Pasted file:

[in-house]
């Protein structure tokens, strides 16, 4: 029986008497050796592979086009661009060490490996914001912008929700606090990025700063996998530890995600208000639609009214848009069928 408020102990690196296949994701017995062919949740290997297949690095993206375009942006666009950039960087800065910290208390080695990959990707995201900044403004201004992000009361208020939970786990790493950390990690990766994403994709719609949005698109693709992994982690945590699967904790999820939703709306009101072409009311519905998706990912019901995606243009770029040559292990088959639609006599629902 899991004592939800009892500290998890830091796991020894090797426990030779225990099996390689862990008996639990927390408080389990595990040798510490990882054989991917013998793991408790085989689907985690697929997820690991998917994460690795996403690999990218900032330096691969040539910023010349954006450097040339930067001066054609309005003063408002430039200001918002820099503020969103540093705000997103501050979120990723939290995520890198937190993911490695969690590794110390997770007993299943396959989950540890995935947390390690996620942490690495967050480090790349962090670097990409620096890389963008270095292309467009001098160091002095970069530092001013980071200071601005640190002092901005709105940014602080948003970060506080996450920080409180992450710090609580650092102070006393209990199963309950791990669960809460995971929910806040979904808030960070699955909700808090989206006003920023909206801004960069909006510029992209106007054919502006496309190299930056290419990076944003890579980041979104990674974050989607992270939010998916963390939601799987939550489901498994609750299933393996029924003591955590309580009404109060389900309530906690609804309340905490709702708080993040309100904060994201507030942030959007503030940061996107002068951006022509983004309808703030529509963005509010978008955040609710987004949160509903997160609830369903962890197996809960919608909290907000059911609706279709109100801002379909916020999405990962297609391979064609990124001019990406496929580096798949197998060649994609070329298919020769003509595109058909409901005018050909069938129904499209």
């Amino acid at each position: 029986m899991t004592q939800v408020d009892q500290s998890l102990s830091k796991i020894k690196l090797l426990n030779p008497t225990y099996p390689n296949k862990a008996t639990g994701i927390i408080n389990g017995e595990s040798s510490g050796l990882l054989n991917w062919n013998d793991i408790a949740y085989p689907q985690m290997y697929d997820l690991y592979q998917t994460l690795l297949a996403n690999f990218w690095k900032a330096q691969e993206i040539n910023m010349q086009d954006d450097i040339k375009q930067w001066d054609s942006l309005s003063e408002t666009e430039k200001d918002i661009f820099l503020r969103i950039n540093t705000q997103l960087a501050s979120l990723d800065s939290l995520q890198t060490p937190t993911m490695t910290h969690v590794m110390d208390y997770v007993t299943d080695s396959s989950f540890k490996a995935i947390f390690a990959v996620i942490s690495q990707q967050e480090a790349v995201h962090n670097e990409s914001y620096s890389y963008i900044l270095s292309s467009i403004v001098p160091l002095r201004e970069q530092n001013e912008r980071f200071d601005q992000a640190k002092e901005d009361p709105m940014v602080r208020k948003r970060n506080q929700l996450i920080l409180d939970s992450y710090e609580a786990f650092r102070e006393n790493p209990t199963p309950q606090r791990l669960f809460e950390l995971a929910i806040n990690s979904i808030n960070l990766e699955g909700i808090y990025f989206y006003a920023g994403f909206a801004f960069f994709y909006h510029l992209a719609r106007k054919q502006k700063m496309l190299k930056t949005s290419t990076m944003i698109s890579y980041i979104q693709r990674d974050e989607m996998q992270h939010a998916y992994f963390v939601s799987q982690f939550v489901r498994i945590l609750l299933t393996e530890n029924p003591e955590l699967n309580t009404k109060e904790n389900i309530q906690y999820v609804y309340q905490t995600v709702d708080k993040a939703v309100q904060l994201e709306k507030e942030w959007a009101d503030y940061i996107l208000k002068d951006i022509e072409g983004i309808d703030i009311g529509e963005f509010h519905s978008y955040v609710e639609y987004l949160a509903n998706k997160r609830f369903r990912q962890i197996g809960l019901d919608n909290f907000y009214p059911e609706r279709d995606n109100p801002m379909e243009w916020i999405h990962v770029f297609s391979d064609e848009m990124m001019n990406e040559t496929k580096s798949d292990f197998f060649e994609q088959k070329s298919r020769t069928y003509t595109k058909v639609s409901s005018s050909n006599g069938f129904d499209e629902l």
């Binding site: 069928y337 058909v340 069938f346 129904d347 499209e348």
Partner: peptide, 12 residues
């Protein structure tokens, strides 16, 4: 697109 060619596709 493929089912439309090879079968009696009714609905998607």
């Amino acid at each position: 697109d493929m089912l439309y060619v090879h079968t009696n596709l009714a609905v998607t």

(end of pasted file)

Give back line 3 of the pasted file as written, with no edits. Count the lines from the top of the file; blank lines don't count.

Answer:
């Amino acid at each position: 029986m899991t004592q939800v408020d009892q500290s998890l102990s830091k796991i020894k690196l090797l426990n030779p008497t225990y099996p390689n296949k862990a008996t639990g994701i927390i408080n389990g017995e595990s040798s510490g050796l990882l054989n991917w062919n013998d793991i408790a949740y085989p689907q985690m290997y697929d997820l690991y592979q998917t994460l690795l297949a996403n690999f990218w690095k900032a330096q691969e993206i040539n910023m010349q086009d954006d450097i040339k375009q930067w001066d054609s942006l309005s003063e408002t666009e430039k200001d918002i661009f820099l503020r969103i950039n540093t705000q997103l960087a501050s979120l990723d800065s939290l995520q890198t060490p937190t993911m490695t910290h969690v590794m110390d208390y997770v007993t299943d080695s396959s989950f540890k490996a995935i947390f390690a990959v996620i942490s690495q990707q967050e480090a790349v995201h962090n670097e990409s914001y620096s890389y963008i900044l270095s292309s467009i403004v001098p160091l002095r201004e970069q530092n001013e912008r980071f200071d601005q992000a640190k002092e901005d009361p709105m940014v602080r208020k948003r970060n506080q929700l996450i920080l409180d939970s992450y710090e609580a786990f650092r102070e006393n790493p209990t199963p309950q606090r791990l669960f809460e950390l995971a929910i806040n990690s979904i808030n960070l990766e699955g909700i808090y990025f989206y006003a920023g994403f909206a801004f960069f994709y909006h510029l992209a719609r106007k054919q502006k700063m496309l190299k930056t949005s290419t990076m944003i698109s890579y980041i979104q693709r990674d974050e989607m996998q992270h939010a998916y992994f963390v939601s799987q982690f939550v489901r498994i945590l609750l299933t393996e530890n029924p003591e955590l699967n309580t009404k109060e904790n389900i309530q906690y999820v609804y309340q905490t995600v709702d708080k993040a939703v309100q904060l994201e709306k507030e942030w959007a009101d503030y940061i996107l208000k002068d951006i022509e072409g983004i309808d703030i009311g529509e963005f509010h519905s978008y955040v609710e639609y987004l949160a509903n998706k997160r609830f369903r990912q962890i197996g809960l019901d919608n909290f907000y009214p059911e609706r279709d995606n109100p801002m379909e243009w916020i999405h990962v770029f297609s391979d064609e848009m990124m001019n990406e040559t496929k580096s798949d292990f197998f060649e994609q088959k070329s298919r020769t069928y003509t595109k058909v639609s409901s005018s050909n006599g069938f129904d499209e629902l």